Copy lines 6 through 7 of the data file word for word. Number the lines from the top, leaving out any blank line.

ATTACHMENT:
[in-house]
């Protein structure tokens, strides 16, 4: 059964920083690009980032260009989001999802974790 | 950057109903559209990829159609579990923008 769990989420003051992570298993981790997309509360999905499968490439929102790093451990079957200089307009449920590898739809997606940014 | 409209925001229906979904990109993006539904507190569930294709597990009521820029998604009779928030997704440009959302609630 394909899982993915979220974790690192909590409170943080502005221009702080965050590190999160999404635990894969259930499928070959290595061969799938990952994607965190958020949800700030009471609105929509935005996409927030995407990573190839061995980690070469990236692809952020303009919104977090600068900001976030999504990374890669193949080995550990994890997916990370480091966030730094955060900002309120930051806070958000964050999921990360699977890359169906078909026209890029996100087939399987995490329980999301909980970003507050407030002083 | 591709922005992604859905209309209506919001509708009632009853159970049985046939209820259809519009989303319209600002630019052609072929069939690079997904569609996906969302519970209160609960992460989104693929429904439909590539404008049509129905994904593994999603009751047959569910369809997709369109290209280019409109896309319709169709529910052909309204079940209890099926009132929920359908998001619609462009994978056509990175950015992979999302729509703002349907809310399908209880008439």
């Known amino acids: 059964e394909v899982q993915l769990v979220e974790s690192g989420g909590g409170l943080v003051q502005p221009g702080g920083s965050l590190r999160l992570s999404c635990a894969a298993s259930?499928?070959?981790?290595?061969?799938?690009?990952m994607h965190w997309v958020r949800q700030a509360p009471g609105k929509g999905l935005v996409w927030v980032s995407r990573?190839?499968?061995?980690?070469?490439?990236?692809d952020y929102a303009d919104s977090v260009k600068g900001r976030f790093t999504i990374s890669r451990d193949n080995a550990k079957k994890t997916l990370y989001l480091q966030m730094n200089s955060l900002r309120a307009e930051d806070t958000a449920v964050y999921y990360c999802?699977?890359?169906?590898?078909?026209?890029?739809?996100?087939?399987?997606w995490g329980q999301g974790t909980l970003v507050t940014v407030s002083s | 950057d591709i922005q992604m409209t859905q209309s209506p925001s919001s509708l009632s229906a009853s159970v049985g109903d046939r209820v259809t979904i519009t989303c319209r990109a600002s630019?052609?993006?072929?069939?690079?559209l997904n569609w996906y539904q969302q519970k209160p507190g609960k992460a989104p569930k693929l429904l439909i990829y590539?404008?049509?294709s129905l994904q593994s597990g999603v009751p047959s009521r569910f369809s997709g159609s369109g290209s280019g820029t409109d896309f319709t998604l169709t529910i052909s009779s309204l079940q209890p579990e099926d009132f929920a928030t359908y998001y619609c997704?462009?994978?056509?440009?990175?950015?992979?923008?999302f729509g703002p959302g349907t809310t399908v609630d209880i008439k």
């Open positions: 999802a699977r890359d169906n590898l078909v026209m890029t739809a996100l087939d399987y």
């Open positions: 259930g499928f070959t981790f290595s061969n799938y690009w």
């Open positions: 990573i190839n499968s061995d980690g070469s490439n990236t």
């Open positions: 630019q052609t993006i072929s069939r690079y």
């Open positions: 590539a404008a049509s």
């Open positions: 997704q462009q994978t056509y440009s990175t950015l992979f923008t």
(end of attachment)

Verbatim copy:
């Open positions: 990573i190839n499968s061995d980690g070469s490439n990236t």
């Open positions: 630019q052609t993006i072929s069939r690079y």